Suns owner threatens move to Seattle or Las Vegas if $230M arena deal isn't passed

Cassandra NegleyYahoo Sports Contributor
The city is considering renovations for Talking Stick Resort Arena in Phoenix. (Getty)
The city is considering renovations for Talking Stick Resort Arena in Phoenix. (Getty)

Phoenix Suns owner Robert Sarver is reportedly telling Phoenix City Council members he’ll take the team to Seattle or Las Vegas if they don’t approve a $230 million upgrade package on the Suns arena.

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The Phoenix City Council was scheduled to vote on the Talking Stick Resort Arena renovations Wednesday afternoon. It will instead delay it until Jan. 23. It allows for two additional community meetings to get feedback, which so far has not been good.

Fox 10’s Jude LaCave confirmed Wednesday night, after the vote was formally delayed, that one political figure suggested to him that Sarver threatened to leave. The Suns CEO Jason Rowley denied the team would leave, telling the station:

“The reality is that we’ve made zero threats about going to any other city.”

What is the Suns’ arena deal?

The deal would keep the Suns in downtown Phoenix until 2037 with an option to extend it to 2042. It can currently exit its deal in 2022.

The city is on the hook for $150 million as well as a total $25 million over 12½ years into a “new renewal and replacement fund” for future renovations.

With interest, the estimated cost is $233 million to $247 million over 17 to 20 years.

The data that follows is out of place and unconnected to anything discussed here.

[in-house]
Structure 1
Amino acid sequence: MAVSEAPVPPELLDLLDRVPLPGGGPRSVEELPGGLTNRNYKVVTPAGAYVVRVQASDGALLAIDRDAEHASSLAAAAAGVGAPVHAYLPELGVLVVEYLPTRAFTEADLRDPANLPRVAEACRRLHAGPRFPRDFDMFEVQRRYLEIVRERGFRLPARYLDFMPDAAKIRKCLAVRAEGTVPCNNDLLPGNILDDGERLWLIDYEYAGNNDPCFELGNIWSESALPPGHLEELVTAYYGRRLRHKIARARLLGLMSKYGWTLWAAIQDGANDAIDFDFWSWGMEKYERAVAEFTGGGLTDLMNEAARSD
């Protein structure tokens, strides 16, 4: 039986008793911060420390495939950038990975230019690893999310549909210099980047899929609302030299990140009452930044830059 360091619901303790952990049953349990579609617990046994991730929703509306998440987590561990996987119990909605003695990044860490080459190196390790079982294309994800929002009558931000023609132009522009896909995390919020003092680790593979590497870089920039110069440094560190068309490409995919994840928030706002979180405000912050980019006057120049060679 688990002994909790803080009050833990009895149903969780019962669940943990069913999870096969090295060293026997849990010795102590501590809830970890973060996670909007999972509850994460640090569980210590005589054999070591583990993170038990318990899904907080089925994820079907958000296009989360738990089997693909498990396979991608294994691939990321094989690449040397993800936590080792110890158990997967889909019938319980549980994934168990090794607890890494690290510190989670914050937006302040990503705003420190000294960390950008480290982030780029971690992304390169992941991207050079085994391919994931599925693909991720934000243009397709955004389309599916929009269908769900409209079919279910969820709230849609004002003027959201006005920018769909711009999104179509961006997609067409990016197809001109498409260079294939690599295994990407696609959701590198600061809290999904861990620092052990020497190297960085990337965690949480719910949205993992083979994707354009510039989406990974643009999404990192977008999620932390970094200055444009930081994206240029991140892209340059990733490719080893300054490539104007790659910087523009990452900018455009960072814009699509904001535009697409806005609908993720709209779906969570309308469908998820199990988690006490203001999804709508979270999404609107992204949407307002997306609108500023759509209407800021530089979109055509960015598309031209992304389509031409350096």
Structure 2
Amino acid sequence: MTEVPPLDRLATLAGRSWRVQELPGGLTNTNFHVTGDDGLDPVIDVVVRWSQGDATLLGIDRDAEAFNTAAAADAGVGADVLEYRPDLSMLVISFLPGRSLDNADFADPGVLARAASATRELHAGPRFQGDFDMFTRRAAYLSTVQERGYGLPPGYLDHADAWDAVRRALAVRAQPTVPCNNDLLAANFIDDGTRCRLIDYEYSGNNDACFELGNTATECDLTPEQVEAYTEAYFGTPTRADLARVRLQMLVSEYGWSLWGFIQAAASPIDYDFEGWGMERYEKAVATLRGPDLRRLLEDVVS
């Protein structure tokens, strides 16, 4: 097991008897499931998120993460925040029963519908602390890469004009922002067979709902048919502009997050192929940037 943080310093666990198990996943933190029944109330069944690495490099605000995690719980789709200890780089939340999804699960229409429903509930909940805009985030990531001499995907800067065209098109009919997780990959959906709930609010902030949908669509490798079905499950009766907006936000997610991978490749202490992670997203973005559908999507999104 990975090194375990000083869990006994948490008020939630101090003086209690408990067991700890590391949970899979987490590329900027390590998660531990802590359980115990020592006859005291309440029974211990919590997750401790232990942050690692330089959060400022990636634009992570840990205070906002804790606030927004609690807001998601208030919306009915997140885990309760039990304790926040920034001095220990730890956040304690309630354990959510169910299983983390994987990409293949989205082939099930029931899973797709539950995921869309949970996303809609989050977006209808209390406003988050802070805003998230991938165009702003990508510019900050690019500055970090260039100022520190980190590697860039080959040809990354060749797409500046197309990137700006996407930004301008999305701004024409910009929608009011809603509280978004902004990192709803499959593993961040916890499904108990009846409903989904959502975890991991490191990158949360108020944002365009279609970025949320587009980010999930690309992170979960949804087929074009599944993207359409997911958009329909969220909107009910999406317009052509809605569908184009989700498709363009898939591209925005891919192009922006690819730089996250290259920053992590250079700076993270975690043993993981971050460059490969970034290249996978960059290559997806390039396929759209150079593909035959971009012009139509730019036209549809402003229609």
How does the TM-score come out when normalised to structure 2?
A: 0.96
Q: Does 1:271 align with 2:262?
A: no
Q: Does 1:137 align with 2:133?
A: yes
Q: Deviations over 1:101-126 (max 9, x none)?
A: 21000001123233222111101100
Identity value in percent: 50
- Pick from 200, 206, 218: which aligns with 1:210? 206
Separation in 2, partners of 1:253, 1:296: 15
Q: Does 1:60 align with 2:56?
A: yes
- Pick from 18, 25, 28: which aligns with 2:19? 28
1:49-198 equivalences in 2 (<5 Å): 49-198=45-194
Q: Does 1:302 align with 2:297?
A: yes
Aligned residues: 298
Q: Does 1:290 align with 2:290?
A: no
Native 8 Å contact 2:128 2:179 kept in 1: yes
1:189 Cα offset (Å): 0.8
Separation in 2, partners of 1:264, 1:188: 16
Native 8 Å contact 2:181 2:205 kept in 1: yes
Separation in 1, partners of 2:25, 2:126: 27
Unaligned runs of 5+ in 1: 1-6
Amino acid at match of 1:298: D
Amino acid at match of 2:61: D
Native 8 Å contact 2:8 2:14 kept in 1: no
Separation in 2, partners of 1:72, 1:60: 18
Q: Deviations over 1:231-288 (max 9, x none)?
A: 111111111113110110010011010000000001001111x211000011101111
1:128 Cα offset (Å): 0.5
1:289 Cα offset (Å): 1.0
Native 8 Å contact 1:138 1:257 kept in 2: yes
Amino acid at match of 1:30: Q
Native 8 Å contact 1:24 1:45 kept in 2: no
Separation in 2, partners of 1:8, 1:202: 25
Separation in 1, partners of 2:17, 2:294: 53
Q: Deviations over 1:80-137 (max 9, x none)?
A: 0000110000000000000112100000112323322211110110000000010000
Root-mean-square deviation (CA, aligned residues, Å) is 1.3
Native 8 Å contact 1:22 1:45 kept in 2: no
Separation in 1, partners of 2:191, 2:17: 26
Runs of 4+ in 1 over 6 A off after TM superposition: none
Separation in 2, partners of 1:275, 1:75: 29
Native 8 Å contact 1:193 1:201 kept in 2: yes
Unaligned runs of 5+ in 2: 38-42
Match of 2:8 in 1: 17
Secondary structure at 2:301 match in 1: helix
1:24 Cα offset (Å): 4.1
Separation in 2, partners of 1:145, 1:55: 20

The Suns would pay $80 million upfront and $12.5 million over 12½ years ($1 million per year) into the new fund. The team would also pay rent to the city and build a new practice facility somewhere in Phoenix. If the team leaves before the lease is up, it would pay $200 million.

The vote was reportedly delayed because it would have failed if it was on the agenda Wednesday, according to azcentral.com. The city released the details less than a week ago and Sarver met with council members one-on-one last week to get the votes he needed.

Why is Sarver threatening to leave?

Sarver has been trying to get a new deal for years. Roberts, an azcentral.com columnist, speculates the rush on this particular deal is because the likely incoming mayor (who will still go to a runoff in March) said spending millions on the arena isn’t one of her priorities.

A large portion of Phoenix voters reportedly oppose the plan. The Suns and Phoenix taxpayers split the $100 million price tag on a new arena in the early 1990s. The money for a new one would come from a fund that receives income from tourism taxes. According to azcentral.com, the city said its share of the costs would be for “necessary infrastructure repairs such as plumbing updates, electrical work and roofing repairs.”

The Suns would provide “luxury” enhancements. The franchise is valued at $1.28 billion.

Suns president and CEO Jason Rowley said in a statement to azcentral.com he was looking forward to the public discussion and answering any questions from the council and constituents.

“Our priority remains being in downtown Phoenix long-term, and we’re excited about the opportunity that lies ahead.”

The county has a history of battles regarding professional sports arenas. The Arizona Coyotes are still having arena drama over their place in Glendale.

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